IRISHTOWN-SUMMERSIDE When Daphne Park came home to find her hot water tank blown and her basement flooded, she thought things couldn’t get much worse.
That is, until she learned most of the family pictures and documents she’d carefully collected and stored in plastic boxes, as well as filing cabinet, had been destroyed.
“I thought everything was safe until the next day,” Park said Friday from her home in Summerside. “I went downstairs and the cabinet was full of water, where the water was hitting it and dripping down; everything was sitting in water for two days and we did not know it.”
The incident occurred two weeks ago when the town’s water was turned back on after being shut off due to construction across the street from Park’s home. Her home was one of several in the community which received damage over the last number of weeks as the town has struggled to fix an issue in its water system.
Last week, engineers from Atlantic Engineering and the Department of Environment and Conservation determined the issue was with a mechanism which regulated water pressure in the town’s pumphouse. The defect resulted in a water hammer sending over 200 pounds per square inch of pressure through the lines, into residents’ homes.
The town has since said residents may be eligible for reimbursement on a case-by-case basis.
But no amount of money can replace the lost stories, pictures and family items Park has been collecting over the last 35 years. Many of the items were research she’d done into her Mi’kmaq heritage, stories passed down through the generations from relatives who have long since died. Others were pictures of her two grown sons as children.
“When I saw the damage, I just picked up two or three things and started to cry,” she said, the emotion still evident in her voice. “I left the laundry room, I left the house because I just couldn’t look at it.”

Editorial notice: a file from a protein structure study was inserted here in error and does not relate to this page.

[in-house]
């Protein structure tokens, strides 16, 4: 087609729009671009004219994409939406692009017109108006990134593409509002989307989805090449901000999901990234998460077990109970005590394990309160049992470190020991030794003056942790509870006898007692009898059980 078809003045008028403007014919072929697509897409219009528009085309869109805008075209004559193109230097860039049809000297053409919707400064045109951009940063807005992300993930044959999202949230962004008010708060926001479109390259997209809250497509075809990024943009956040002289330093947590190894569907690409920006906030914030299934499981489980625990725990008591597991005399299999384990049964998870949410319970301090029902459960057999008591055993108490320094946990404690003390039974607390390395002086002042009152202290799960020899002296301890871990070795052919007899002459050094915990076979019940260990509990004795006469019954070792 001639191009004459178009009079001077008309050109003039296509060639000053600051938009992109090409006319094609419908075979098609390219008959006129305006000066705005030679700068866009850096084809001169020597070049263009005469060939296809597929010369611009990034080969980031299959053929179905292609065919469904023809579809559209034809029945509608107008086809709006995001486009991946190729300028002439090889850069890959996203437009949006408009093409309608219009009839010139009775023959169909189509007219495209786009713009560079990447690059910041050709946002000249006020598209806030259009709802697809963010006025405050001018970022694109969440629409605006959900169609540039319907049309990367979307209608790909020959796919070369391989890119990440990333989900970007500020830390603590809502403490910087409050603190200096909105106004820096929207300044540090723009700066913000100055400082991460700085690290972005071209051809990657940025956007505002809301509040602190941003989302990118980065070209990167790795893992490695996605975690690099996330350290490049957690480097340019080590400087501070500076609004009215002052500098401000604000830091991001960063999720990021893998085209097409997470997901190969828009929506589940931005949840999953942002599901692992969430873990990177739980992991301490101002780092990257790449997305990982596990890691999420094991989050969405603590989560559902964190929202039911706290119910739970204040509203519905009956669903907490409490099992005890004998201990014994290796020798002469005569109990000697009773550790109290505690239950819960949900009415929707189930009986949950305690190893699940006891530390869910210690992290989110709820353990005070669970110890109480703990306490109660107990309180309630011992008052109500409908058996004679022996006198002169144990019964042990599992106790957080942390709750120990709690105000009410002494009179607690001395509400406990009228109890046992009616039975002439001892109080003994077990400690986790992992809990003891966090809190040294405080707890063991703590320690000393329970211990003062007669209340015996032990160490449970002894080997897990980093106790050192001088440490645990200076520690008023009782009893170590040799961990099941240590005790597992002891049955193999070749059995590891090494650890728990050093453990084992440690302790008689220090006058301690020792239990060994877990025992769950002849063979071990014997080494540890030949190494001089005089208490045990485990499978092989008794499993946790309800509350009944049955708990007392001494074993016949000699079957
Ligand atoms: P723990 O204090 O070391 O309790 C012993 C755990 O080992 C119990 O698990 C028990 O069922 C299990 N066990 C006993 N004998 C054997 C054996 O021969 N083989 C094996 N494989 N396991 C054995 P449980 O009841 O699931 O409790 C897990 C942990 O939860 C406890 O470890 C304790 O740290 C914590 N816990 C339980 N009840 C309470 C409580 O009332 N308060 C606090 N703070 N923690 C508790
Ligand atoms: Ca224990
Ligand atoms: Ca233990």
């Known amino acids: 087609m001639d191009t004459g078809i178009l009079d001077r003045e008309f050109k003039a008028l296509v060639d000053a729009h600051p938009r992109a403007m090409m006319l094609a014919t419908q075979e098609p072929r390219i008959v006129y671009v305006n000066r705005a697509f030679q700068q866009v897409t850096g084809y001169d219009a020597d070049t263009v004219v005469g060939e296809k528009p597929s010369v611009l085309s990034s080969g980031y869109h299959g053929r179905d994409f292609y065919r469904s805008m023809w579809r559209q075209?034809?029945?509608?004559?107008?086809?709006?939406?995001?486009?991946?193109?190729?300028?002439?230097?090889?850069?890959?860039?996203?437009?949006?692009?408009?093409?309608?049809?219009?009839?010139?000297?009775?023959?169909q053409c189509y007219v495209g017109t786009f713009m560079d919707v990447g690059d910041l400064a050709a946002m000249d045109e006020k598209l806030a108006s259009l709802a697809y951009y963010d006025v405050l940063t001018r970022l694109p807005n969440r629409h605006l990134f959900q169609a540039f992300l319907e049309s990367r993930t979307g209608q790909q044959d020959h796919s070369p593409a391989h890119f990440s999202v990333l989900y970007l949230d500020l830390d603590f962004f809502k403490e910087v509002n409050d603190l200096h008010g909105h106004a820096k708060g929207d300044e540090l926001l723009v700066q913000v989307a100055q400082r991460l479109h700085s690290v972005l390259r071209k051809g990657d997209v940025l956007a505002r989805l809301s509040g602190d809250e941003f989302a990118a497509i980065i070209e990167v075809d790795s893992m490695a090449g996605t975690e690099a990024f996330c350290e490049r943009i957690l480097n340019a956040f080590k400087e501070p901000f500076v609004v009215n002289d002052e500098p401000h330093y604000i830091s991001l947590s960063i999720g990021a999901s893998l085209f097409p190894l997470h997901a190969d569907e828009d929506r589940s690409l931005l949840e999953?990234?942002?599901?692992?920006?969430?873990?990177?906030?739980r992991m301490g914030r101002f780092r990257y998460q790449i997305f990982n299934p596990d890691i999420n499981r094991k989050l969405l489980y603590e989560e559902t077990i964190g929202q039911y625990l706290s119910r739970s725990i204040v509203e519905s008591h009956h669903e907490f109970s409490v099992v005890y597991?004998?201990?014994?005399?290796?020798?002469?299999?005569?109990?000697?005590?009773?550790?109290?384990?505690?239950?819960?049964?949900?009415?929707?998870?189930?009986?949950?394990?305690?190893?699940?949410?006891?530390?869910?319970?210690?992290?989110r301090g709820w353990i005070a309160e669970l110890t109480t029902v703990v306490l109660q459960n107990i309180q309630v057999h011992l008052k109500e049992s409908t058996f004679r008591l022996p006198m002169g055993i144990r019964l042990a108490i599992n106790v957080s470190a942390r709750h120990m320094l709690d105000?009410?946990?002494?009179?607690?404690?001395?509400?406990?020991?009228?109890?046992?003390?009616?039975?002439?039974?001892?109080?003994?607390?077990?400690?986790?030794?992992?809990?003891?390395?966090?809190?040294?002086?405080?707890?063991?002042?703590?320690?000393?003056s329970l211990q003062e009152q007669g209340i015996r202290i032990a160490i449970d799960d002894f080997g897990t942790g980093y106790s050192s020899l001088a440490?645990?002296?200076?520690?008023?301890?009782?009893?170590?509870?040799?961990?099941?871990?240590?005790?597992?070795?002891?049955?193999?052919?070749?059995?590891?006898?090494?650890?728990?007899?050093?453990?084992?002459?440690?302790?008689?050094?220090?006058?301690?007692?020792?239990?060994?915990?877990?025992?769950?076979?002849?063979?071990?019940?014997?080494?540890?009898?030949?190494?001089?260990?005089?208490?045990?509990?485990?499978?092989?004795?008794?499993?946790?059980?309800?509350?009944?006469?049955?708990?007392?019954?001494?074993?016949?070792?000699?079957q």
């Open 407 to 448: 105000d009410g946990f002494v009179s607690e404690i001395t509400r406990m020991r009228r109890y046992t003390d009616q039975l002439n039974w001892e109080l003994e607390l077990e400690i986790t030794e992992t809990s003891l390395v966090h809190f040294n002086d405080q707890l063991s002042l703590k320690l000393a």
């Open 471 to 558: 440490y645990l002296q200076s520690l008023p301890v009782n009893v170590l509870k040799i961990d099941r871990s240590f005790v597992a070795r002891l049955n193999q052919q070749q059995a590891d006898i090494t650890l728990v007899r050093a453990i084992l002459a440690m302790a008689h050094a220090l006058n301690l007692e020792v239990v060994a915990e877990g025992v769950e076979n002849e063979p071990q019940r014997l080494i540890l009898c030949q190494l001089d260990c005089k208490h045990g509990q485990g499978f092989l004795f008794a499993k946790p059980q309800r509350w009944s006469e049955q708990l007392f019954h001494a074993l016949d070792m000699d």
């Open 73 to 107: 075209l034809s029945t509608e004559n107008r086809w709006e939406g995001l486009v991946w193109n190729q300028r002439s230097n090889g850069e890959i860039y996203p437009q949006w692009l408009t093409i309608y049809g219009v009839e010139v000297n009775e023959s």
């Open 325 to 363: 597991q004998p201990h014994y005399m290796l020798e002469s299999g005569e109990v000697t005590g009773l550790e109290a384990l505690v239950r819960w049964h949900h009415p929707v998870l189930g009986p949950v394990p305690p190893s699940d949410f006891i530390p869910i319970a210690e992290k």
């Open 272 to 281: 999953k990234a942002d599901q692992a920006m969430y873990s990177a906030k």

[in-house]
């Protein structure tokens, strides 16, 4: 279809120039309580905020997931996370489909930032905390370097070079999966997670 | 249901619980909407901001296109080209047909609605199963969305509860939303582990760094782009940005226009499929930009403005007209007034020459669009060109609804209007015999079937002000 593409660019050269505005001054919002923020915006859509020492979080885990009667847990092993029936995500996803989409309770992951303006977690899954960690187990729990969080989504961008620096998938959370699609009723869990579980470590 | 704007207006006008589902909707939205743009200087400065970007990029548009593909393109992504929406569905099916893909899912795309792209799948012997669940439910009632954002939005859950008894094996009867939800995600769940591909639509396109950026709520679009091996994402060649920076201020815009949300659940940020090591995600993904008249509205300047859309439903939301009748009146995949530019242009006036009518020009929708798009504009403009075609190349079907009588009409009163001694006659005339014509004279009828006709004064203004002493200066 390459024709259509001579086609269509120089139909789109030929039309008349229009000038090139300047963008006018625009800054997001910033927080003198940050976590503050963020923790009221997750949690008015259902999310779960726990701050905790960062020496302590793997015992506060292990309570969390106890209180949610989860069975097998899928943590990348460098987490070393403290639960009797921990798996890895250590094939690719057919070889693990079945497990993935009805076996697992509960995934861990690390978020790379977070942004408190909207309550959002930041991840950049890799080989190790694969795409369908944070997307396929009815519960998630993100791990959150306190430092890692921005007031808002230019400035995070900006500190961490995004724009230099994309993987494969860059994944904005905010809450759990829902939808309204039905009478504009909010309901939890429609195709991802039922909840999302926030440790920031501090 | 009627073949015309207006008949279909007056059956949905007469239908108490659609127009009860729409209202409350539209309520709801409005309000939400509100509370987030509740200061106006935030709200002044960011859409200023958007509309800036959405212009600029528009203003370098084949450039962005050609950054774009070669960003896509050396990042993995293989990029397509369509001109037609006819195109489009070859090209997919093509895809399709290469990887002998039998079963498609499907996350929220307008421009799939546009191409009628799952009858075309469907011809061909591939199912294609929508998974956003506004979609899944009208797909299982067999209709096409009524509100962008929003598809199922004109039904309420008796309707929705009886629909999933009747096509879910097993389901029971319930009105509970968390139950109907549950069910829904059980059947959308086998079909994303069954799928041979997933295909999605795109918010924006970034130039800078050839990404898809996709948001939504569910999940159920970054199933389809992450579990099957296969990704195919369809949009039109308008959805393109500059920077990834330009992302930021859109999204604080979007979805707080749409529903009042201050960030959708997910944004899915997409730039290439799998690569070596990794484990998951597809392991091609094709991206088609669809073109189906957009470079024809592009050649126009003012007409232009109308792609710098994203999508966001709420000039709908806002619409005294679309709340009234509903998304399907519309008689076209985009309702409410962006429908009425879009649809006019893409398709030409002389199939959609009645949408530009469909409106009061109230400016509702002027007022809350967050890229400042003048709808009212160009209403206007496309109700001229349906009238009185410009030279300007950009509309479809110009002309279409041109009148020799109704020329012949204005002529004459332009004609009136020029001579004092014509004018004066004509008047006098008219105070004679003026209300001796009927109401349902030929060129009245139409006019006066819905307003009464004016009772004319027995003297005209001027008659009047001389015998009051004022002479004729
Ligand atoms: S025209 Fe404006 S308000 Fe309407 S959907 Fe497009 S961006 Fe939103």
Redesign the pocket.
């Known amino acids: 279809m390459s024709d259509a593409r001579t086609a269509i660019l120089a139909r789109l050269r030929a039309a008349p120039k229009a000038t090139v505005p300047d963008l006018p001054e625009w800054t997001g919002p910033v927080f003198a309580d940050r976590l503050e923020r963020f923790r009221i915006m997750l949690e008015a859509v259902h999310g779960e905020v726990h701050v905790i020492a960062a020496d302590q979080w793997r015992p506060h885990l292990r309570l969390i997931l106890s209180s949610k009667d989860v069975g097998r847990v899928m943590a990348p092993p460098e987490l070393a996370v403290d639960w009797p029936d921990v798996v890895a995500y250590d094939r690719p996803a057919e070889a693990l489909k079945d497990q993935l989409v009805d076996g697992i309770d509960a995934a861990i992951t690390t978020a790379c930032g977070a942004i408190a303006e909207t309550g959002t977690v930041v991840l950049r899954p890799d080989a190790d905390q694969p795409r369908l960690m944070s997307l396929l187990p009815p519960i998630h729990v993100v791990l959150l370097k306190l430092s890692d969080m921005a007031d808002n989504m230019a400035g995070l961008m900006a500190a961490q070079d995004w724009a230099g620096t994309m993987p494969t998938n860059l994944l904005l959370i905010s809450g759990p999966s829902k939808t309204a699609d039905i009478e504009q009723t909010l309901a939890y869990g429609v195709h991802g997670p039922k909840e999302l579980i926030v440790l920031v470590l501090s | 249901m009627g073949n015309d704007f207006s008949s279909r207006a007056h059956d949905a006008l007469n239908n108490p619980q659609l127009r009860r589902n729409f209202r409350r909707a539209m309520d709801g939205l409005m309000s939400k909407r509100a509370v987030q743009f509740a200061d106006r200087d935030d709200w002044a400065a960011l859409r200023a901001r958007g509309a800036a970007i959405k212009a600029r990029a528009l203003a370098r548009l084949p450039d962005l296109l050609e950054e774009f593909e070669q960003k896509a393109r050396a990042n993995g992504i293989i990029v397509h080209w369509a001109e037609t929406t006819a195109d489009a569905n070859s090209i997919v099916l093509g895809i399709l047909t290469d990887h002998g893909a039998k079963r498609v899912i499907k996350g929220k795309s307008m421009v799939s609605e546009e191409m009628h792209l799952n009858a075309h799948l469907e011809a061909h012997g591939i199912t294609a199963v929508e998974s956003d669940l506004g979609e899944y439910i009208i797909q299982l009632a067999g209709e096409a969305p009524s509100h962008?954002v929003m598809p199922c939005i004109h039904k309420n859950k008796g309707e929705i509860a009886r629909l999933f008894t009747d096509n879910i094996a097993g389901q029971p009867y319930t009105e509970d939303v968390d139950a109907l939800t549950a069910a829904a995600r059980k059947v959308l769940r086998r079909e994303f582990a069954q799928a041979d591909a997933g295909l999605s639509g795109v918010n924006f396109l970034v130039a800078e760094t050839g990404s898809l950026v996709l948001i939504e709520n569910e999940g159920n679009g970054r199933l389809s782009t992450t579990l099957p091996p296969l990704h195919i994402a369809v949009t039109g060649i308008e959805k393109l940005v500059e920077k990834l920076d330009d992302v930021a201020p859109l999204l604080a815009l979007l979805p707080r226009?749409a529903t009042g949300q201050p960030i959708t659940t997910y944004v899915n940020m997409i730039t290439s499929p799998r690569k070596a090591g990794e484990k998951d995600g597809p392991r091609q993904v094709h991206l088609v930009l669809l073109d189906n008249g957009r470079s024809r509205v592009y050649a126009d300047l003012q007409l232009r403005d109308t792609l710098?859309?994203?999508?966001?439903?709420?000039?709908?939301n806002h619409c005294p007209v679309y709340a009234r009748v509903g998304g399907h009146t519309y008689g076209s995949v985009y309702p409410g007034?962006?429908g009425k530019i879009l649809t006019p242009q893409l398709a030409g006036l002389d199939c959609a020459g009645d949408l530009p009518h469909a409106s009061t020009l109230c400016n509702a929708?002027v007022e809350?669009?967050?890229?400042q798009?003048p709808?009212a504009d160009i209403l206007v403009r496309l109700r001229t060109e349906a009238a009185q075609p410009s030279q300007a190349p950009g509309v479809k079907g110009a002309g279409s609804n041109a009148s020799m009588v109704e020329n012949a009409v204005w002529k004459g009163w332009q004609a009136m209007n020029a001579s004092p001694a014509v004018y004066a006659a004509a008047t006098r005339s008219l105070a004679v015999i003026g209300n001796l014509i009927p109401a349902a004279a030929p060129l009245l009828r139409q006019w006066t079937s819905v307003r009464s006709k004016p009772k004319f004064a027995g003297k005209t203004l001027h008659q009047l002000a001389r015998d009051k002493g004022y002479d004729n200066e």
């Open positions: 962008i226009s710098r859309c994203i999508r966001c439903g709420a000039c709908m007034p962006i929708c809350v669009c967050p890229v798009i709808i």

Park would like to see some of her ruined books be replaced by council if possible, as well as the pressure reducing valve (PRV) from her hot water tank, one she said she actually bought from the town.
But as someone who has travelled around the island for decades in order to compile the documents she’d stored, she said her only solace now is to start again in order to preserve the information for her four grandchildren.
“Anybody can tell you family research and the Qalipu Mi’kmaq First Nation Band is my life,” she said “Although my research has been destroyed, it’s still in my head ... I know the genealogy part of it.”
Meanwhile, for Summerside resident Barry Wheeler, this is the second time in two years he’s had his basement flooded by surging water from the town’s supply.
He said last year, council told him his plumbing and PRV were too old. While he considered legal action, he offered to split the estimated $5,600 repair bill with the town but was refused. He later did the work himself with a cost of $2,800.
This year, he’s already spent $1,000 and he figures it will take him at least $5,000 to replace the ruined carpeting, dry wall, insulation and water valves caused by the surge and subsequent flooding. He’s also had to rent commercial dryers and dehumidifiers to dry his basement and is now worried about mold.
While council insists the issue is resolved, Wheeler said to have such extensive damage in subsequent years could mean there is a problem which goes beyond old plumbing. Like many small municipalities with limited budgets, Wheeler said although the town trains someone to look after the water system, such an employees’ technical knowledge is often limited.
“These people aren’t engineers; they aren’t trained in flow analysis or pressure analysis,” Wheeler said, noting the solution could be hiring an engineer to test and maintain water systems all along the north shore. “They can only do what they’re actually shown. If their knowledge is passed down or if they are relying on refresher courses, we get the situation we are in now.”
Wheeler has organized an online petition calling on council to assure residents the issue is finally resolved and to provide reimbursement to those who have incurred water damage. He has a list of over 32 names of people looking for similar compensation and will soon draft a letter and present it to council.
Ultimately, he and other residents would like to see the problem resolved before someone is hurt by the surges which are often greater than 200 pounds per square inch.
“I’ve had people tell me their caps blew off their sink. Others have said the flush boxes on their toilet bowl blew off,” he said. “It’s happened in new houses and houses that did repairs last year. My mother put in a new hot water tank and a new blow-off valve two months ago and it blew this time.”